Help (illusion) | Get Assistance Now

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In summary, the conversation discusses an illusion involving four shapes that appear to make a triangle, but upon further examination, it is revealed that they do not fit together to form a triangle. The conversation includes a disagreement and an explanation of how the apparent triangle is actually made up of two smaller right triangles. The conversation also addresses the issue of attaching images and suggests using IMG tags for insertion.
  • #1
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Help... (illusion)

could someone figure out the answer...
 

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  • #2
...excuse me, but why can't i see the .gif i attached...
 
  • #3
Are either of those shapes actually triangles? Look carefully at the intersection of the diagonal with the grid. Or calculate the slopes of the diagonal lines.
 
  • #4
I think Damgo is right.

If you calculate the area of the whole "triangle" you get:

Area = (1/2)*(13*5) = 32.5

However if you calculate the area of each individual piece you get:

Red: = (1/2)*(8*3) = 12
Light Green: = 8
Dark Green: = (1/2)*(5*2) = 5
Yellow: = 7

Adding these values up we get a total area of 32.

There is a contradiction here, therefore there is something fishy going on, and I think it has to do with the assumption that the apparent triangles are truly triangles.
 
  • #5
The four shapes do not come together to make a triangle. The small triangle (dark green) is a right triangle with legs 2 and 5; the large triangle (red) is a right triangle with legs 3 and 8. They are not congruent.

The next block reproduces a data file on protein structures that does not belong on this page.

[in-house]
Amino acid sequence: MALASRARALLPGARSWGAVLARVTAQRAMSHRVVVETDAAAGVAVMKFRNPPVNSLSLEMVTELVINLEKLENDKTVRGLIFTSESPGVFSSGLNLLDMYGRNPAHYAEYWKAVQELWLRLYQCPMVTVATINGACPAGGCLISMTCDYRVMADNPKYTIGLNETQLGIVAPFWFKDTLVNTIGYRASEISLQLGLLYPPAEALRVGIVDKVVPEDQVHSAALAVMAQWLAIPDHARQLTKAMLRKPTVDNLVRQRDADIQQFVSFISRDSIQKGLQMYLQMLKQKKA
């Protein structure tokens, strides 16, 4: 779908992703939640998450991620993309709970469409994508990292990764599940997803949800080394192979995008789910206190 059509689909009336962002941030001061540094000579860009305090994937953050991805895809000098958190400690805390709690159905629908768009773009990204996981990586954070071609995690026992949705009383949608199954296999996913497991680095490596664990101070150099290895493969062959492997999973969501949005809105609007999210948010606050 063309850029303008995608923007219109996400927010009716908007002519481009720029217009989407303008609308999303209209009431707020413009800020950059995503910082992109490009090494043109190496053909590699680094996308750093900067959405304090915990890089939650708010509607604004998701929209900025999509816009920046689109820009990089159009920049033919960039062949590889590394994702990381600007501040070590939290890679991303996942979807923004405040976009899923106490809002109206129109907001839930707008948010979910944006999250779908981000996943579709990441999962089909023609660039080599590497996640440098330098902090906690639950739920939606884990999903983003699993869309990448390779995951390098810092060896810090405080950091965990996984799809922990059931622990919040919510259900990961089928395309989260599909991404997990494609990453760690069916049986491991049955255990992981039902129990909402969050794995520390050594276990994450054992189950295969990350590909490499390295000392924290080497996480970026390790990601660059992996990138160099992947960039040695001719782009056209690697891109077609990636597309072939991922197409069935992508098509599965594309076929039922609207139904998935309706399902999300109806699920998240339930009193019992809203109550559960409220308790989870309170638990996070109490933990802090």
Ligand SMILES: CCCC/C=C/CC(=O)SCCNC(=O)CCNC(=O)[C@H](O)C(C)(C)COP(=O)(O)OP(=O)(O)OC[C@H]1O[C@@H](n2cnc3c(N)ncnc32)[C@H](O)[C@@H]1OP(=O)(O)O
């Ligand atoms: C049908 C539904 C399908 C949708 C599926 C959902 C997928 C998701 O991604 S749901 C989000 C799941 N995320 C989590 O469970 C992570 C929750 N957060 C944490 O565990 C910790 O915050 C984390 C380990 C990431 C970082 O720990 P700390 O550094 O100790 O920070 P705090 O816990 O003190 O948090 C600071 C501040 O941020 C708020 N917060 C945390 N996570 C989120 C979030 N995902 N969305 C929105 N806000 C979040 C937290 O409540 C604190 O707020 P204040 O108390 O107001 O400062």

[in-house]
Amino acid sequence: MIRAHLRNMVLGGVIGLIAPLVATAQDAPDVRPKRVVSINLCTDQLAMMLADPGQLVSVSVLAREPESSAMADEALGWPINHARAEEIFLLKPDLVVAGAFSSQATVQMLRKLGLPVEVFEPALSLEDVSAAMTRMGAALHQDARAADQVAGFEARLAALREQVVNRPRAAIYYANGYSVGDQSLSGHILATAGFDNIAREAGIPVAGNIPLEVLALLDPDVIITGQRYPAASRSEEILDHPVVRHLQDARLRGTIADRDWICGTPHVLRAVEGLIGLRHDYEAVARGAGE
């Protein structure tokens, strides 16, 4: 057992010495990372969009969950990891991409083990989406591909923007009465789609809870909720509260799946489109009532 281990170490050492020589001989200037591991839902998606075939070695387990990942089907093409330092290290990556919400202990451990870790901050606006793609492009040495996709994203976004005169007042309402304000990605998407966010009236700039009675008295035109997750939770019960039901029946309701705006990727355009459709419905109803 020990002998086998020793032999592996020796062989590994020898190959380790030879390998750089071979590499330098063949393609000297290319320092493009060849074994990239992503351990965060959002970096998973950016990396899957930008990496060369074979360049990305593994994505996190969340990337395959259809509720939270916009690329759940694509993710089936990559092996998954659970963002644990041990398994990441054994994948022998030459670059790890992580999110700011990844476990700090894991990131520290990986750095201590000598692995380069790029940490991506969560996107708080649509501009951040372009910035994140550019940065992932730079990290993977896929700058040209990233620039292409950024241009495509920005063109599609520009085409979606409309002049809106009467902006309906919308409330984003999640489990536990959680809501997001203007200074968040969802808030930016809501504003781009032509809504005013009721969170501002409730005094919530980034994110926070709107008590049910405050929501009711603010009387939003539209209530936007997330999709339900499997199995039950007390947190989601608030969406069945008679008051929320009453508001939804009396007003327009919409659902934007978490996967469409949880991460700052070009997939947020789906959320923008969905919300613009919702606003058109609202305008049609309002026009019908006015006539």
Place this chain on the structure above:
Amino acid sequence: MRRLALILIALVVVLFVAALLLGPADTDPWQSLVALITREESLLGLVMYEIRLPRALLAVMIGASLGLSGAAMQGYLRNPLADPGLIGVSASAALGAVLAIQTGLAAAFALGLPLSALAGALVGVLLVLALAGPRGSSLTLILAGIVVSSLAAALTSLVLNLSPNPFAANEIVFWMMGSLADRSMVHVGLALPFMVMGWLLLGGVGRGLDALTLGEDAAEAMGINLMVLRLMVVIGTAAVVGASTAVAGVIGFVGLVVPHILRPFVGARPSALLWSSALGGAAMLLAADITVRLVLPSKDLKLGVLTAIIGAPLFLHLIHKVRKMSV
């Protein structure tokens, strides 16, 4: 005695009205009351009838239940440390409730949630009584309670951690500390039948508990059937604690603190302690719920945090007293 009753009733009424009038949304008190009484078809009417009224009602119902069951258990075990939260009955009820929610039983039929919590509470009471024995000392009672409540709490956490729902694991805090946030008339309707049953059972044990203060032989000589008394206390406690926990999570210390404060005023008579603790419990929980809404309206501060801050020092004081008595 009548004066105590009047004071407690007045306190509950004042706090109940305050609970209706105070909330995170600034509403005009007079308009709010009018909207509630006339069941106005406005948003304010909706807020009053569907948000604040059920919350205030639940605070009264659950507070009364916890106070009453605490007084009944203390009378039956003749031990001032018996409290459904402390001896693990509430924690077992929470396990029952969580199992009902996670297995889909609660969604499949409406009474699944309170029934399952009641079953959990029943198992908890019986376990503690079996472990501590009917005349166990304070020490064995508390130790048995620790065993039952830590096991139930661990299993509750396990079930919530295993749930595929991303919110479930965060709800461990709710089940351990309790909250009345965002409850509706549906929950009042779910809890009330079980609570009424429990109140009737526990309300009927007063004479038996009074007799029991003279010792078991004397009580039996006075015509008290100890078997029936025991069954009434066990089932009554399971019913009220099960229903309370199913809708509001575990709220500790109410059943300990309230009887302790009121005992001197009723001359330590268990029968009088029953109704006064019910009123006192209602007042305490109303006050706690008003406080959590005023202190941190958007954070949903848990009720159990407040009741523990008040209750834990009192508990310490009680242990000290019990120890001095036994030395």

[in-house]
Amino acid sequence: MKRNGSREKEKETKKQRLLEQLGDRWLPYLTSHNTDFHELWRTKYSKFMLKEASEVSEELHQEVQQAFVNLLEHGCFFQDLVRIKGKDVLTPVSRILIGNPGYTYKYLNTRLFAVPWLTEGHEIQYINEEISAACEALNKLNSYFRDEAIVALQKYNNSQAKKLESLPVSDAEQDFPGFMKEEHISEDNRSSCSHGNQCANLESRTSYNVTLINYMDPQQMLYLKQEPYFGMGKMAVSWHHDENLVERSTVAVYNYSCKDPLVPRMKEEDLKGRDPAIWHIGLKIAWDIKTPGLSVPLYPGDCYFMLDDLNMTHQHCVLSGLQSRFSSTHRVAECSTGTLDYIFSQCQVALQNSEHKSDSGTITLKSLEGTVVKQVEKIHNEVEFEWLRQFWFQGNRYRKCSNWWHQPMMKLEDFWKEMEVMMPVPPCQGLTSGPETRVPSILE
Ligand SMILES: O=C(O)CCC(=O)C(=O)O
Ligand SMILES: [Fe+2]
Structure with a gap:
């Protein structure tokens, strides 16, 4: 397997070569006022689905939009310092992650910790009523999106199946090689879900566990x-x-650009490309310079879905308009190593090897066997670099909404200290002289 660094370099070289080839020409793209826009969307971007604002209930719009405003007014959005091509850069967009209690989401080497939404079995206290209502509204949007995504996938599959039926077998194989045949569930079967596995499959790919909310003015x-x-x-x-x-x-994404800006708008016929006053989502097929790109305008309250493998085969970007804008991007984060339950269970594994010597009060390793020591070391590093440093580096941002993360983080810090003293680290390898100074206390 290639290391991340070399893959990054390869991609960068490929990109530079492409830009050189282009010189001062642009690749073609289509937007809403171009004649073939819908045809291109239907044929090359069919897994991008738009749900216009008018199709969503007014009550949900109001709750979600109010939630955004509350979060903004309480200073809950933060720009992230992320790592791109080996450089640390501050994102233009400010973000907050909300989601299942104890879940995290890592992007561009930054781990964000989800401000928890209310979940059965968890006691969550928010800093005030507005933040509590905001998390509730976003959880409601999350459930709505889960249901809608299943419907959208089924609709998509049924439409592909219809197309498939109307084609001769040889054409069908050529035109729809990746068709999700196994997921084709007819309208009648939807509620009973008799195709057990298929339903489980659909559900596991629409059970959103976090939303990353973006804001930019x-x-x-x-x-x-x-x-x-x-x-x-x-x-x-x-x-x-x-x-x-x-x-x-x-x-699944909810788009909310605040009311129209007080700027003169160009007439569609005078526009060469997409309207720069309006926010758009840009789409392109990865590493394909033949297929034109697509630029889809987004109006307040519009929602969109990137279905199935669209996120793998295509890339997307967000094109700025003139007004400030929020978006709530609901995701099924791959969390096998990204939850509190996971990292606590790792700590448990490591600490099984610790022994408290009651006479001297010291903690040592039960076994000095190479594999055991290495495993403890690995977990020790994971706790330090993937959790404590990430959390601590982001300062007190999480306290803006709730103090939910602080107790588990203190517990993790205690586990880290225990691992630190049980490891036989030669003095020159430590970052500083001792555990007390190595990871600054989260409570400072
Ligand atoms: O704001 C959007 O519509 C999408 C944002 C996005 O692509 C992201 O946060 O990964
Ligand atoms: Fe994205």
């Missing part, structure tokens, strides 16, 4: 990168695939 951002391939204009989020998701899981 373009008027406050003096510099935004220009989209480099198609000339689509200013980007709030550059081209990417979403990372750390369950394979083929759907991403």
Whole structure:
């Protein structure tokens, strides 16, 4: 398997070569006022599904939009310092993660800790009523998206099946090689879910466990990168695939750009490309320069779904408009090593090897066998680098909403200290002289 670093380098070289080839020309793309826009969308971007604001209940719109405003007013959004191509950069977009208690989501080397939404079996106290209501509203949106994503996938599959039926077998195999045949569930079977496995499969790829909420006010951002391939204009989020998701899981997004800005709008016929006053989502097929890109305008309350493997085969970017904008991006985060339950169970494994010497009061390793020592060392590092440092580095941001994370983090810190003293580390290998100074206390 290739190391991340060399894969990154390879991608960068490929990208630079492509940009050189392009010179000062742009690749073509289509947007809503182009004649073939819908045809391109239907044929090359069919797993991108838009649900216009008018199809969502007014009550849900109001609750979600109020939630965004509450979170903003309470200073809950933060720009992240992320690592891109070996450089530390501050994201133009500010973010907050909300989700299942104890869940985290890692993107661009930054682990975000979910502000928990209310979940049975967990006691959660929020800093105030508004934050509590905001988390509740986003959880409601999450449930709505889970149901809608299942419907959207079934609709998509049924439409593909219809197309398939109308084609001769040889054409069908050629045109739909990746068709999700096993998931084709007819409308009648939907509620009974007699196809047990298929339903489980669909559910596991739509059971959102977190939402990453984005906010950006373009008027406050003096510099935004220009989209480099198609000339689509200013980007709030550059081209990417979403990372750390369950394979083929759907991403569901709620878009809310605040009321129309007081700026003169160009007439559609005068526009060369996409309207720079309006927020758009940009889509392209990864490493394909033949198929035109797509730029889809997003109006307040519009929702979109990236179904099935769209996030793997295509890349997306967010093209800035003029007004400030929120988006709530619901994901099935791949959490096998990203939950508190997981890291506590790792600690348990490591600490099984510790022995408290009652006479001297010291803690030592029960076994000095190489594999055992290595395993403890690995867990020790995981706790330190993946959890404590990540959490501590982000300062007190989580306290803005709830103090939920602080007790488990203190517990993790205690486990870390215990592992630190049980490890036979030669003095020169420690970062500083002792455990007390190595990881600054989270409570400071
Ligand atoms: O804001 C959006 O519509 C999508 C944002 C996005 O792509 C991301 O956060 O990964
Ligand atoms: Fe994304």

P.S.: You cannot see the attached image because it is an attachment. Veiw the attachment by selecting the link. If you want to insert an image, you will have to use IMG tags. https://www.physicsforums.com/misc.php?action=bbcode#imgcode [Broken]
 
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  • #6
so my answer was right, yehey...
 

1. What is the "Help" illusion?

The "Help" illusion is a phenomenon in which individuals perceive an object or image as being closer to them when they are in a state of perceived need for assistance. This can lead to an overestimation of the distance between the individual and the object or image.

2. How is the "Help" illusion studied?

The "Help" illusion is typically studied using visual perception experiments in which participants are asked to estimate the distance between themselves and an object or image under different conditions of perceived need for assistance. Researchers also use brain imaging techniques to investigate the neural mechanisms underlying this phenomenon.

3. What causes the "Help" illusion?

The "Help" illusion is believed to be caused by a combination of cognitive and emotional factors. The perception of an object or image as being closer when in a state of perceived need for assistance may be due to heightened attention and arousal, as well as an increased sense of urgency to obtain help.

4. Can the "Help" illusion be beneficial?

Yes, the "Help" illusion can be beneficial in certain situations. For example, it may lead individuals to seek help when they are in need, which can improve their chances of getting assistance. It can also help individuals quickly locate objects or images that may be useful in a time of need.

5. Are there any real-world applications of the "Help" illusion?

Yes, the "Help" illusion has been studied in the context of emergency situations, such as during natural disasters or medical emergencies. Understanding this phenomenon can help emergency responders and medical professionals better understand how individuals perceive and respond to their environment in times of need.

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